4 responses

  1. Phillip
    October 4, 2010

    A quick summation:

    The absence of larvae does not mean the absence of a queen, at least not in the fall season, because most young queens like ours will stop laying eggs by September (a revelation to us). This word comes from the beekeeper who sold us our bees. We were advised to play it safe and not combine our hives into a one big hive, because if two queens are present, they could kill each other and then we’d be left with one big queenless hive that would be dead before Xmas. {Deep sigh.} So the queen may be alive, she may be dead. {Sigh.} Either way, we’re not messing with either of the hives for the rest of the year. We’ll feed them for a few more weeks and then wrap them up and hope they survive the winter.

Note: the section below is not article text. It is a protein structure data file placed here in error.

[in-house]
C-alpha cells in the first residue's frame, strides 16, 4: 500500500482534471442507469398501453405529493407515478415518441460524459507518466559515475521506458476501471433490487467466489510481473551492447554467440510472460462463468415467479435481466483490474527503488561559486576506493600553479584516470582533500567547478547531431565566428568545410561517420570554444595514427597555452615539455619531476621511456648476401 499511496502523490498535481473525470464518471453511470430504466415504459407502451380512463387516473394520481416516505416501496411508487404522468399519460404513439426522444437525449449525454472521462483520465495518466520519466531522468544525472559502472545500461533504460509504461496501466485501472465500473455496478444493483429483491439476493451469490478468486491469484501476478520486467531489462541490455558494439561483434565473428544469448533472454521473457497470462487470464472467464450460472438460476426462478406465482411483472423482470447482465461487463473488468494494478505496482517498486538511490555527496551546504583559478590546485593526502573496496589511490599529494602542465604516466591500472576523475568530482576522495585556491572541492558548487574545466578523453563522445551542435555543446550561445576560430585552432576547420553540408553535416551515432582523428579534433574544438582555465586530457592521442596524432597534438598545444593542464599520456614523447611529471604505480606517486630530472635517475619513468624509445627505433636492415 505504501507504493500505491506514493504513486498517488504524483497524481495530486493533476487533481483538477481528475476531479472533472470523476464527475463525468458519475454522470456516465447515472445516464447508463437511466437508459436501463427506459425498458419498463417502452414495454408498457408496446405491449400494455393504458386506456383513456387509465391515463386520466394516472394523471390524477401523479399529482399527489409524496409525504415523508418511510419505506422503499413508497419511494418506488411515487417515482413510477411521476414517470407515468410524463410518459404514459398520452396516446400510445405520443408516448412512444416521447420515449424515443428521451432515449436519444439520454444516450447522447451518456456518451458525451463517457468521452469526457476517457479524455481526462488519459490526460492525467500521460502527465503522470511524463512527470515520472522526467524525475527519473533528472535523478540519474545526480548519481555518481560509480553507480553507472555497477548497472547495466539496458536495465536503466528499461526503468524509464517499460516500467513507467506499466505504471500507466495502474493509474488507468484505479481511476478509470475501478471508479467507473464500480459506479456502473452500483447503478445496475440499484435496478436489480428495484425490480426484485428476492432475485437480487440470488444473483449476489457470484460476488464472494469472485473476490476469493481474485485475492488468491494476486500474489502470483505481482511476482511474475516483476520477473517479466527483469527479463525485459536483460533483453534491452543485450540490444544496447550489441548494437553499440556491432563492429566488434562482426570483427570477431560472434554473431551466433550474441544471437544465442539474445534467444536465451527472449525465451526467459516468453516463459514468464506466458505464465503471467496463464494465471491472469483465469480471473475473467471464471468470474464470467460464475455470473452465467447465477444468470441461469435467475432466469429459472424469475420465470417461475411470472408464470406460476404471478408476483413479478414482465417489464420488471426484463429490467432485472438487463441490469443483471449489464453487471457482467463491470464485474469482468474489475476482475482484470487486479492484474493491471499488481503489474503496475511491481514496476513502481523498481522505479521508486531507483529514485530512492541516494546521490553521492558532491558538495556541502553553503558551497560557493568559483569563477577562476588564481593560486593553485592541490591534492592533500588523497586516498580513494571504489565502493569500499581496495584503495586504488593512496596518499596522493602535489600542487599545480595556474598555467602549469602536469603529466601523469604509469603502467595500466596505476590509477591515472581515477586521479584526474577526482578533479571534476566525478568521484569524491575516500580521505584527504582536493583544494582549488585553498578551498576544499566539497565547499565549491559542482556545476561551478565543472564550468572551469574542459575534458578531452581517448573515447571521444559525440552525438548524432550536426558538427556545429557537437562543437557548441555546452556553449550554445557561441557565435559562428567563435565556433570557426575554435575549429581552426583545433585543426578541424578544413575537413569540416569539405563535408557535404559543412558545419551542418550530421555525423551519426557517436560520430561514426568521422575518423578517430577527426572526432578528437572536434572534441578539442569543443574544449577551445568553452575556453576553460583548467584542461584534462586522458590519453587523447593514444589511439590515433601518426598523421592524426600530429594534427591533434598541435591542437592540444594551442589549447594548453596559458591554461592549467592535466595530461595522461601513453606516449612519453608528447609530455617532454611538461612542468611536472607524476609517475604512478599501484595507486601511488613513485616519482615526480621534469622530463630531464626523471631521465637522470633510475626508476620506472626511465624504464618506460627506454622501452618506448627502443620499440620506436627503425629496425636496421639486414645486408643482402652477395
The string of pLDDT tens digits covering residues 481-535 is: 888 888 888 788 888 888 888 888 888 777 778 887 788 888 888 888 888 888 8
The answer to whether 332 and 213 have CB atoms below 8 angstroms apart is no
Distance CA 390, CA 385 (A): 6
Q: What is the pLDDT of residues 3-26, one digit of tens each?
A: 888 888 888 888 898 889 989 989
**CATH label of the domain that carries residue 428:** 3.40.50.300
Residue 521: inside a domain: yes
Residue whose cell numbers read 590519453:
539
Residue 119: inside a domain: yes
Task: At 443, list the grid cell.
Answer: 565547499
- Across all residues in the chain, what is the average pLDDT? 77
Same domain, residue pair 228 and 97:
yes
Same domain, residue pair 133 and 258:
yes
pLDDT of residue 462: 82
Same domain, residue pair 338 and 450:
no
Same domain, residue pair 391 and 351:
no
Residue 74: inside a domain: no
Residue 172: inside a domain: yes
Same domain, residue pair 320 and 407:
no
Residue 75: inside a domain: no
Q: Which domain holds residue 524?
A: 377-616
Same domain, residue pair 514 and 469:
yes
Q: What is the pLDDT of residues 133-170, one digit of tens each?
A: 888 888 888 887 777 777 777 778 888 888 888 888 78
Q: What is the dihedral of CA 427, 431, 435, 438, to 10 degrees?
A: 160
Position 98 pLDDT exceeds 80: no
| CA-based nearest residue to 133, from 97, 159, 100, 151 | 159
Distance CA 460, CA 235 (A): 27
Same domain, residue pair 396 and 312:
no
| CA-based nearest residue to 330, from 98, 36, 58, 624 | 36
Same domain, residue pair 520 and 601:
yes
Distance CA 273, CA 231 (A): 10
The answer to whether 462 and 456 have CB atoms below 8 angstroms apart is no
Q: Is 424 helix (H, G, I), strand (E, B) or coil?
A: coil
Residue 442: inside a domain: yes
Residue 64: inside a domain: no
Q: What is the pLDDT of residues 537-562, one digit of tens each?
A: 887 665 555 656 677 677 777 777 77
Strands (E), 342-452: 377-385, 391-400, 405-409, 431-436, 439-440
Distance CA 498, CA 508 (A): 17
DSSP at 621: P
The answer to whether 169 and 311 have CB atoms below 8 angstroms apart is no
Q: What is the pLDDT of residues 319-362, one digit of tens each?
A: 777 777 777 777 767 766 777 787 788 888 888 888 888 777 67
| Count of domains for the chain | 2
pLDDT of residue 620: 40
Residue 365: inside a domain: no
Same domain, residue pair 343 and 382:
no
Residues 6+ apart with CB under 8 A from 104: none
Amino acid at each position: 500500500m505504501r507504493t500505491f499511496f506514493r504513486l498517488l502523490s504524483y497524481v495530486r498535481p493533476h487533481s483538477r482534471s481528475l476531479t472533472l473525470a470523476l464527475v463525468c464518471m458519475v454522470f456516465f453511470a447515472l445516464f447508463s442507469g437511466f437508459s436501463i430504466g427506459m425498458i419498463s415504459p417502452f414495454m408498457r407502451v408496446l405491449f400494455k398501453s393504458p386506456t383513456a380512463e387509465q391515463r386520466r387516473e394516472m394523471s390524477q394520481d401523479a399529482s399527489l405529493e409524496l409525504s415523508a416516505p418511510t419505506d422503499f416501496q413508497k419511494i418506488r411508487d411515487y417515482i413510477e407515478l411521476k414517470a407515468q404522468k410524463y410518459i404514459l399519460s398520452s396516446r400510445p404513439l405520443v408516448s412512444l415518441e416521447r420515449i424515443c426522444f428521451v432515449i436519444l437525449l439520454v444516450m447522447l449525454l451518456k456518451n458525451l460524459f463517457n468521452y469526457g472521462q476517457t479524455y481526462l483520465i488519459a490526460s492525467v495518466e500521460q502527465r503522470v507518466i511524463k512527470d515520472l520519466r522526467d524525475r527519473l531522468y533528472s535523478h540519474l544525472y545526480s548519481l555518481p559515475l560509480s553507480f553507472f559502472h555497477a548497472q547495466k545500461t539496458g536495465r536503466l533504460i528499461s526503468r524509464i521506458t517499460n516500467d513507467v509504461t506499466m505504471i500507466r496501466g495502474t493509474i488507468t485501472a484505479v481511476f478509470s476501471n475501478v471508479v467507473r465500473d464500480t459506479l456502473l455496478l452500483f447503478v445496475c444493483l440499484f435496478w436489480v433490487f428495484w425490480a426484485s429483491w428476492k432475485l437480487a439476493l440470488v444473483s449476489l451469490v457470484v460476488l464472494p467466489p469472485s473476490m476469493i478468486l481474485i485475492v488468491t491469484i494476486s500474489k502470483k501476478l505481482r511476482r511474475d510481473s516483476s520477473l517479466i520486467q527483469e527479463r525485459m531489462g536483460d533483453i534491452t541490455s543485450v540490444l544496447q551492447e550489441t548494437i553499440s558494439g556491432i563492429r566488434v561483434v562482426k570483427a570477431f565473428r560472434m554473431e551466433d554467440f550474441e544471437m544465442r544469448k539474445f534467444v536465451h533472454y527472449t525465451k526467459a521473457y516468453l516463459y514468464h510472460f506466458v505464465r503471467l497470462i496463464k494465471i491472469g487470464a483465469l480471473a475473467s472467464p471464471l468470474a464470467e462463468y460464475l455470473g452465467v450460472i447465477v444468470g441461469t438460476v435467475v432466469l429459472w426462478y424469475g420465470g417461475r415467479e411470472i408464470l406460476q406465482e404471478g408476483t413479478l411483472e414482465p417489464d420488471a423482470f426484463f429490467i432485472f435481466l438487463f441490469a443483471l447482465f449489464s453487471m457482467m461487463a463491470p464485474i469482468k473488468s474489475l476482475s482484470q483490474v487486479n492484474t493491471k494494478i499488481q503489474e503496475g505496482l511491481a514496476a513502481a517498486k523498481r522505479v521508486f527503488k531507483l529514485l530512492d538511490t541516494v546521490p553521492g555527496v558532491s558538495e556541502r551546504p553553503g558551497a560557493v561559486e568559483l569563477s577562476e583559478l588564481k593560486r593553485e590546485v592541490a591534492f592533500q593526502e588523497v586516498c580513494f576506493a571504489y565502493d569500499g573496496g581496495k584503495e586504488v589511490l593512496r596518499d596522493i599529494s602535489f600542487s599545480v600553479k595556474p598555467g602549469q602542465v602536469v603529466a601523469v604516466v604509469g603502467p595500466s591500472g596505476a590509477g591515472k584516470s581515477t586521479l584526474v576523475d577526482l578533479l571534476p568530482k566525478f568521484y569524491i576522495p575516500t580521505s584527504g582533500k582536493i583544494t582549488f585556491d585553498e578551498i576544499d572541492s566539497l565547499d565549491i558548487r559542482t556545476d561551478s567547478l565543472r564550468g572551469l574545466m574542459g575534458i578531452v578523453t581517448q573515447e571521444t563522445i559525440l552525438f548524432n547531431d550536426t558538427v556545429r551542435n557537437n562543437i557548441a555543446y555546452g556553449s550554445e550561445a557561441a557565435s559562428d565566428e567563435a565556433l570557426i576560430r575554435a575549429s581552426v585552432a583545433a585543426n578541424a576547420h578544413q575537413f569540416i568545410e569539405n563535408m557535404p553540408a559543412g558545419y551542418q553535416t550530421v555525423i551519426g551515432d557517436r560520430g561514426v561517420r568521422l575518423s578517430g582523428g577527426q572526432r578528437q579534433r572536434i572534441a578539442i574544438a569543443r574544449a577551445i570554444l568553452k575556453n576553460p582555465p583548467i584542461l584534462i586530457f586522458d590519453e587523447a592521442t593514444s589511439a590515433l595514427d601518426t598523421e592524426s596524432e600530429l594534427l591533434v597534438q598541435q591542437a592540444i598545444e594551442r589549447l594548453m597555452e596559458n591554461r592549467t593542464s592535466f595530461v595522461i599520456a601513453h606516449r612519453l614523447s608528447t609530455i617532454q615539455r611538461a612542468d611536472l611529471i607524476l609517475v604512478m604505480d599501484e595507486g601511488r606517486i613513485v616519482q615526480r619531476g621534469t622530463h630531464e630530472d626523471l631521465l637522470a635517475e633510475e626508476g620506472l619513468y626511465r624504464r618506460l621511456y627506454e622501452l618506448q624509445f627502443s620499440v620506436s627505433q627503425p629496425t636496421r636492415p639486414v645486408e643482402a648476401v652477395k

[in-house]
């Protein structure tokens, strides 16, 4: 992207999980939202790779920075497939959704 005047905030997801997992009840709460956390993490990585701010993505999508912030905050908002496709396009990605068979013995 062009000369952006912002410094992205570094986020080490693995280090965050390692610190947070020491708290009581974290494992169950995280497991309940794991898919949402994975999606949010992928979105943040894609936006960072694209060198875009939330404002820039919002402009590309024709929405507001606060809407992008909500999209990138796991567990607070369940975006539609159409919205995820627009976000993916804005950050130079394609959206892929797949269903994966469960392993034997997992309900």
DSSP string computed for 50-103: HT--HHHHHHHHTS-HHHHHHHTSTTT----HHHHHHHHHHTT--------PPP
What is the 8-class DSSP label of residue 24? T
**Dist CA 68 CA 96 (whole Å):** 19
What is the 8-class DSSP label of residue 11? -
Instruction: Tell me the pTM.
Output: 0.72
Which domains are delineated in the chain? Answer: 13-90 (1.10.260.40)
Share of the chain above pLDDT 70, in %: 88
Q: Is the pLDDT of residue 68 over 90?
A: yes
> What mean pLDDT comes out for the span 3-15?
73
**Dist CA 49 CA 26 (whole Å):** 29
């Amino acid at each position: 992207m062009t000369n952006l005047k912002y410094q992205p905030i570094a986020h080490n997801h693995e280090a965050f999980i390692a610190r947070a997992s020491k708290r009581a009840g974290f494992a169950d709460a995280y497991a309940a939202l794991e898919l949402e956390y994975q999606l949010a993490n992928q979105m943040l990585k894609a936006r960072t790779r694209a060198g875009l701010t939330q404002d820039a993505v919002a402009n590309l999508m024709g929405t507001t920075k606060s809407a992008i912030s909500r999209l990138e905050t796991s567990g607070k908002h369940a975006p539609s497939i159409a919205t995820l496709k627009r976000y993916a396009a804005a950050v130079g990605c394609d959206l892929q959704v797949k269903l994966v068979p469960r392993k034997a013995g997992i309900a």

2. Jeff
    October 4, 2010

    Phillip,

    Don’t buy any covers. I’ll fill you in on the details later.

  3. Phillip
    October 4, 2010

    Cool. I bought some of the materials for making an insulated winter cover, but some regular covers I ordered from Beemaid aren’t available for a while.

  4. Jeff
    October 4, 2010

    Will explain later.

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